Those who still feel wary of turkey's purported sleep-inducing properties should find solace in the knowledge that many items we eat contain tryptophan. Milk, beef, and beans are among the foodstuffs which house this amino acid, and experts say the average serving of chicken or ground beef contains as much tryptophan as a serving of turkey does.
7. Chewing gum takes seven years to pass through your digestive system
The gum component itself is pretty indigestible, but will "pass" in a mass and will not stick your insides together, either. This one probably got going when exasperated parents tired of buying more gum after half an hour because their kids had chomped, then swallowed, their allotment. Also, swallowing gum was seen as ignorant and lower class.
If you are like me, you were warned as a child, most likely by your Auntie or Grandma, that you shouldn't swallow chewing gum because it stays in your digestive system for seven years. Thank goodness, it is not true.
The human digestive system is built to dissolve and excrete what we put in our mouths in a matter of hours, days at most, but certainly not years. This is due to the effectiveness of your digestive system. When you swallow food, it travels down your esophagus into your stomach. Here enzymes and acids go to work on the food, beginning the process of breaking the food down. From the stomach, the partially digested food is moved into the intestine, where -- with help from your liver and pancreas -- the food is broken down into its components. These components are used to fuel the body. Those elements of food that can't be used are sent to the colon, where they'll be processed into waste.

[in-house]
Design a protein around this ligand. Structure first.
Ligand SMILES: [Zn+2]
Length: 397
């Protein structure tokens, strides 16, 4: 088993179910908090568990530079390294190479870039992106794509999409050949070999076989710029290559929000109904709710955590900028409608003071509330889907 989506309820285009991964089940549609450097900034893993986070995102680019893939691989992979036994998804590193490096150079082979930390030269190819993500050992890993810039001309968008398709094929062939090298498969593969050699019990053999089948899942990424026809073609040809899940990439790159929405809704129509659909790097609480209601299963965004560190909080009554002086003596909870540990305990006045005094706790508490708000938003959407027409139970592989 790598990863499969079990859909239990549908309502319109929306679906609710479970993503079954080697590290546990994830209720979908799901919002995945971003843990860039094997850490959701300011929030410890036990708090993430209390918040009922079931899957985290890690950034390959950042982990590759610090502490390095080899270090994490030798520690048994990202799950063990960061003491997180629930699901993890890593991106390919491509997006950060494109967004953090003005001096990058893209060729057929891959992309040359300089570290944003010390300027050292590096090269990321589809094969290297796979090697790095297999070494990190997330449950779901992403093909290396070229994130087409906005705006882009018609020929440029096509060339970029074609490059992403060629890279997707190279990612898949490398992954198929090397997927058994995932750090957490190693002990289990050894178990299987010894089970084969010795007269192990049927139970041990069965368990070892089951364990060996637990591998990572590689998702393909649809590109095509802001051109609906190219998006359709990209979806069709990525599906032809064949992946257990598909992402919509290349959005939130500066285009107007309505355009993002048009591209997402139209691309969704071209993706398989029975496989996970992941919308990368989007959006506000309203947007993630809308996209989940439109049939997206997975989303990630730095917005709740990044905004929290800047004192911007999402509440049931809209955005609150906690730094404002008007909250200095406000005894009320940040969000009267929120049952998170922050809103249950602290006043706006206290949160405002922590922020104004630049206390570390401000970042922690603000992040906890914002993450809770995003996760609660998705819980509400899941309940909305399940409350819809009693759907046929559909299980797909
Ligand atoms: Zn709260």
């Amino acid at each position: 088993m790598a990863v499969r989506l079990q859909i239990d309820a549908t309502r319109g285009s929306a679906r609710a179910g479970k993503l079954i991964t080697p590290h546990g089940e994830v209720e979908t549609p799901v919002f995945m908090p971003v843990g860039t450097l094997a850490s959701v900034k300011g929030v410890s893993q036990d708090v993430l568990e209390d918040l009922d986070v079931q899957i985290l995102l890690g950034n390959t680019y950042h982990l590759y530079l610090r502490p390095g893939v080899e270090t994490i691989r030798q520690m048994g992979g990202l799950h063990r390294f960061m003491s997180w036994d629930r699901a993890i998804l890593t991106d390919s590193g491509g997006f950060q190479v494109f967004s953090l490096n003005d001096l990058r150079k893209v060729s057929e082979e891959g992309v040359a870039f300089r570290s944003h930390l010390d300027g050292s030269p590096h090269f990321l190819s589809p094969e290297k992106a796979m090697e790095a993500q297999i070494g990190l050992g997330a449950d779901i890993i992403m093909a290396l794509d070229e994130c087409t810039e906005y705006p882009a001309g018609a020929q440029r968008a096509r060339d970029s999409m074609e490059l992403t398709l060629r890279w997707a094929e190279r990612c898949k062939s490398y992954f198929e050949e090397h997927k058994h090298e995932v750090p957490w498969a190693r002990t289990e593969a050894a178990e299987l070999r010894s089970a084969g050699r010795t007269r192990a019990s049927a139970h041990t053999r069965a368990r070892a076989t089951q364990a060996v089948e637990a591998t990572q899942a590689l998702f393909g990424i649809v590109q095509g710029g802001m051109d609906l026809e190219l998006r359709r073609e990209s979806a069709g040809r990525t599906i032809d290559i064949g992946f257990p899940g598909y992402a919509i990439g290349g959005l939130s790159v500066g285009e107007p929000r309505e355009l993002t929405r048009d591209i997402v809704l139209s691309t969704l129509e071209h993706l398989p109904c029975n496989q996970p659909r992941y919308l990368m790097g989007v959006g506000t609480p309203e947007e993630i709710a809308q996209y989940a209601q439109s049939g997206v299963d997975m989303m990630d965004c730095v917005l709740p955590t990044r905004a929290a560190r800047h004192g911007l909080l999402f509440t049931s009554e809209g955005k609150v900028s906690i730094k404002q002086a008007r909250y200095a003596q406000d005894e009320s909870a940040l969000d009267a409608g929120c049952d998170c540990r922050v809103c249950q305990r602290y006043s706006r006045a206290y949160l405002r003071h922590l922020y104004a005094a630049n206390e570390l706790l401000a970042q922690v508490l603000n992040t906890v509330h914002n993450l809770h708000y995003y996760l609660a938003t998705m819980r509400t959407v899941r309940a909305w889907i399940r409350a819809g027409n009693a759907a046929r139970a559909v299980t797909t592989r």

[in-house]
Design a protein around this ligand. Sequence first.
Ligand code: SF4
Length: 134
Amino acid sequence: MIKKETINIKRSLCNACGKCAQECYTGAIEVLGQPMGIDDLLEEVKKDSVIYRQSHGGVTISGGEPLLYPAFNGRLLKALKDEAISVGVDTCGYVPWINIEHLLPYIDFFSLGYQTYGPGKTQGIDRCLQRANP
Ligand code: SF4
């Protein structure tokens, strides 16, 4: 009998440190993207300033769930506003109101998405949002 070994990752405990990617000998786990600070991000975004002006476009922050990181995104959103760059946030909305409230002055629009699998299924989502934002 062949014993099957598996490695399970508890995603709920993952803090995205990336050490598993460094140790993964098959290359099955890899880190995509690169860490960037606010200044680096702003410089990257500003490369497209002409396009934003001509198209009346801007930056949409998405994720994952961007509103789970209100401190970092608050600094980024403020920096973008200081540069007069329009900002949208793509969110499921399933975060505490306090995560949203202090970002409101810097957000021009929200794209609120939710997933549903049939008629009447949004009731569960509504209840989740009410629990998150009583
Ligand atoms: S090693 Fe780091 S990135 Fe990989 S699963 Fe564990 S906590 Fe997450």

Generally, gum is made up of four general components, and our bodies can easily break down three of these. The gum's flavorings, sweeteners and softeners are all no match for human digestion. It's the gum base that (sorry) sticks around. Gum base is made mostly of synthetic chemicals, and these chemicals give gum its chewy property. It's designed to resist the digestive properties of the saliva in your mouth. But once it's swallowed, even the gum base is subjected to the same treatment as regular food, and after it's recognized as useless by your digestive system, it goes the same route as any waste product.
The origin of the gum-swallowing urban legend is much less clear. Despite the good health of those who swallow gum, this rumor persists. It's OK to swallow the occasional watermelon seed, too. Doctors are pretty sure watermelon seeds do not grow into full-fledged watermelons.